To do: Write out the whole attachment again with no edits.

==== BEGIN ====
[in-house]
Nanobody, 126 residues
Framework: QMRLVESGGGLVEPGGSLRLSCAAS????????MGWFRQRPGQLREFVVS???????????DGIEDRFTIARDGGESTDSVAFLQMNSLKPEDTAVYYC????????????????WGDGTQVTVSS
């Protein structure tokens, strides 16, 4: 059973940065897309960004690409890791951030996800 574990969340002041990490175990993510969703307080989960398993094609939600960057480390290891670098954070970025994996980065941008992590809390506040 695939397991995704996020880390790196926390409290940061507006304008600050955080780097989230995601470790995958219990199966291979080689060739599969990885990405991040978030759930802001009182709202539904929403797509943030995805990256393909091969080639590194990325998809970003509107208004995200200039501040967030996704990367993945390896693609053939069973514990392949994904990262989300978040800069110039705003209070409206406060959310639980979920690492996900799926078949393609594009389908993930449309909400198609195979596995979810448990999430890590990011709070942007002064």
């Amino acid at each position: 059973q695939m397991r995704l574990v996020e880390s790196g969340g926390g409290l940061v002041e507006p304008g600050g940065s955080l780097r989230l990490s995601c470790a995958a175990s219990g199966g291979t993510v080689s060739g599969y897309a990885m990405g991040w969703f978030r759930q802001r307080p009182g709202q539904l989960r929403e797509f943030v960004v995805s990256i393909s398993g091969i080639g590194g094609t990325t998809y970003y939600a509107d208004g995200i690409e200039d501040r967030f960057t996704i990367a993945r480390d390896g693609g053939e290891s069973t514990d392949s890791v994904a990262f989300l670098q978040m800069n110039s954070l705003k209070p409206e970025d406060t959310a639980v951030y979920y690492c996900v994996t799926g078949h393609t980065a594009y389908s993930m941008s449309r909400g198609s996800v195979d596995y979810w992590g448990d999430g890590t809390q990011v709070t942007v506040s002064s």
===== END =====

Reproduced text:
[in-house]
Nanobody, 126 residues
Framework: QMRLVESGGGLVEPGGSLRLSCAAS????????MGWFRQRPGQLREFVVS???????????DGIEDRFTIARDGGESTDSVAFLQMNSLKPEDTAVYYC????????????????WGDGTQVTVSS
């Protein structure tokens, strides 16, 4: 059973940065897309960004690409890791951030996800 574990969340002041990490175990993510969703307080989960398993094609939600960057480390290891670098954070970025994996980065941008992590809390506040 695939397991995704996020880390790196926390409290940061507006304008600050955080780097989230995601470790995958219990199966291979080689060739599969990885990405991040978030759930802001009182709202539904929403797509943030995805990256393909091969080639590194990325998809970003509107208004995200200039501040967030996704990367993945390896693609053939069973514990392949994904990262989300978040800069110039705003209070409206406060959310639980979920690492996900799926078949393609594009389908993930449309909400198609195979596995979810448990999430890590990011709070942007002064």
């Amino acid at each position: 059973q695939m397991r995704l574990v996020e880390s790196g969340g926390g409290l940061v002041e507006p304008g600050g940065s955080l780097r989230l990490s995601c470790a995958a175990s219990g199966g291979t993510v080689s060739g599969y897309a990885m990405g991040w969703f978030r759930q802001r307080p009182g709202q539904l989960r929403e797509f943030v960004v995805s990256i393909s398993g091969i080639g590194g094609t990325t998809y970003y939600a509107d208004g995200i690409e200039d501040r967030f960057t996704i990367a993945r480390d390896g693609g053939e290891s069973t514990d392949s890791v994904a990262f989300l670098q978040m800069n110039s954070l705003k209070p409206e970025d406060t959310a639980v951030y979920y690492c996900v994996t799926g078949h393609t980065a594009y389908s993930m941008s449309r909400g198609s996800v195979d596995y979810w992590g448990d999430g890590t809390q990011v709070t942007v506040s002064s």